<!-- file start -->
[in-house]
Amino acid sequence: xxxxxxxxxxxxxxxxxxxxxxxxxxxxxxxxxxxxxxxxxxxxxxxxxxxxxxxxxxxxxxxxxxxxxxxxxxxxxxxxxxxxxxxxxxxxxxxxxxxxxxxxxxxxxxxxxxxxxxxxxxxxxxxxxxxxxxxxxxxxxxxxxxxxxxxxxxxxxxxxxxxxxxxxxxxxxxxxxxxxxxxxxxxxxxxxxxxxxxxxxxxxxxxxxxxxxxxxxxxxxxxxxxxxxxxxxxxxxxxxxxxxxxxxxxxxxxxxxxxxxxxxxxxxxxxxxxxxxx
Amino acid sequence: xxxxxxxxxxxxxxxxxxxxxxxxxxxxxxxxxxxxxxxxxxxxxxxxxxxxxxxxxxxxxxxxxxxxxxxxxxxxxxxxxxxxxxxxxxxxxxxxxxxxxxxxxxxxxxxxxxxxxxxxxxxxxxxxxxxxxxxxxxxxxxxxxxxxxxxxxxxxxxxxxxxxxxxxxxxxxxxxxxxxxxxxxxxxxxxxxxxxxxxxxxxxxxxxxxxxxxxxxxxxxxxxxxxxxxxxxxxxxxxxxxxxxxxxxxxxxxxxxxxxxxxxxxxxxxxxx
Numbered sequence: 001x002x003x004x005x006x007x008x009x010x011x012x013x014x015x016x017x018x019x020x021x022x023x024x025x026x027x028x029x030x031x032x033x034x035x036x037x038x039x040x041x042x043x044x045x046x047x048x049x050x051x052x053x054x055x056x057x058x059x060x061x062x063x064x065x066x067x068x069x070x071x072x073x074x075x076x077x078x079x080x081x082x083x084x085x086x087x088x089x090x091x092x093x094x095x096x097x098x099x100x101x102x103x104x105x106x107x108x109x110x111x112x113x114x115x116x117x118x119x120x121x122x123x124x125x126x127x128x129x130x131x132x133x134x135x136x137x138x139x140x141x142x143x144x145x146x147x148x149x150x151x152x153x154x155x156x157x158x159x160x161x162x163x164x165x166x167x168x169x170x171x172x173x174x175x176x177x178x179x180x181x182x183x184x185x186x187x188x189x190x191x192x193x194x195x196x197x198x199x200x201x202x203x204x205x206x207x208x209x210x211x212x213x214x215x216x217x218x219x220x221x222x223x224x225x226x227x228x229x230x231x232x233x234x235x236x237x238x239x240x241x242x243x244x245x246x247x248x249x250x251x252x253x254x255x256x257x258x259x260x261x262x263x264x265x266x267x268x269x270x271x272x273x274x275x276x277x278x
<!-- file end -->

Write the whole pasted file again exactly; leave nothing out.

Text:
[in-house]
Amino acid sequence: xxxxxxxxxxxxxxxxxxxxxxxxxxxxxxxxxxxxxxxxxxxxxxxxxxxxxxxxxxxxxxxxxxxxxxxxxxxxxxxxxxxxxxxxxxxxxxxxxxxxxxxxxxxxxxxxxxxxxxxxxxxxxxxxxxxxxxxxxxxxxxxxxxxxxxxxxxxxxxxxxxxxxxxxxxxxxxxxxxxxxxxxxxxxxxxxxxxxxxxxxxxxxxxxxxxxxxxxxxxxxxxxxxxxxxxxxxxxxxxxxxxxxxxxxxxxxxxxxxxxxxxxxxxxxxxxxxxxxx
Amino acid sequence: xxxxxxxxxxxxxxxxxxxxxxxxxxxxxxxxxxxxxxxxxxxxxxxxxxxxxxxxxxxxxxxxxxxxxxxxxxxxxxxxxxxxxxxxxxxxxxxxxxxxxxxxxxxxxxxxxxxxxxxxxxxxxxxxxxxxxxxxxxxxxxxxxxxxxxxxxxxxxxxxxxxxxxxxxxxxxxxxxxxxxxxxxxxxxxxxxxxxxxxxxxxxxxxxxxxxxxxxxxxxxxxxxxxxxxxxxxxxxxxxxxxxxxxxxxxxxxxxxxxxxxxxxxxxxxxxx
Numbered sequence: 001x002x003x004x005x006x007x008x009x010x011x012x013x014x015x016x017x018x019x020x021x022x023x024x025x026x027x028x029x030x031x032x033x034x035x036x037x038x039x040x041x042x043x044x045x046x047x048x049x050x051x052x053x054x055x056x057x058x059x060x061x062x063x064x065x066x067x068x069x070x071x072x073x074x075x076x077x078x079x080x081x082x083x084x085x086x087x088x089x090x091x092x093x094x095x096x097x098x099x100x101x102x103x104x105x106x107x108x109x110x111x112x113x114x115x116x117x118x119x120x121x122x123x124x125x126x127x128x129x130x131x132x133x134x135x136x137x138x139x140x141x142x143x144x145x146x147x148x149x150x151x152x153x154x155x156x157x158x159x160x161x162x163x164x165x166x167x168x169x170x171x172x173x174x175x176x177x178x179x180x181x182x183x184x185x186x187x188x189x190x191x192x193x194x195x196x197x198x199x200x201x202x203x204x205x206x207x208x209x210x211x212x213x214x215x216x217x218x219x220x221x222x223x224x225x226x227x228x229x230x231x232x233x234x235x236x237x238x239x240x241x242x243x244x245x246x247x248x249x250x251x252x253x254x255x256x257x258x259x260x261x262x263x264x265x266x267x268x269x270x271x272x273x274x275x276x277x278x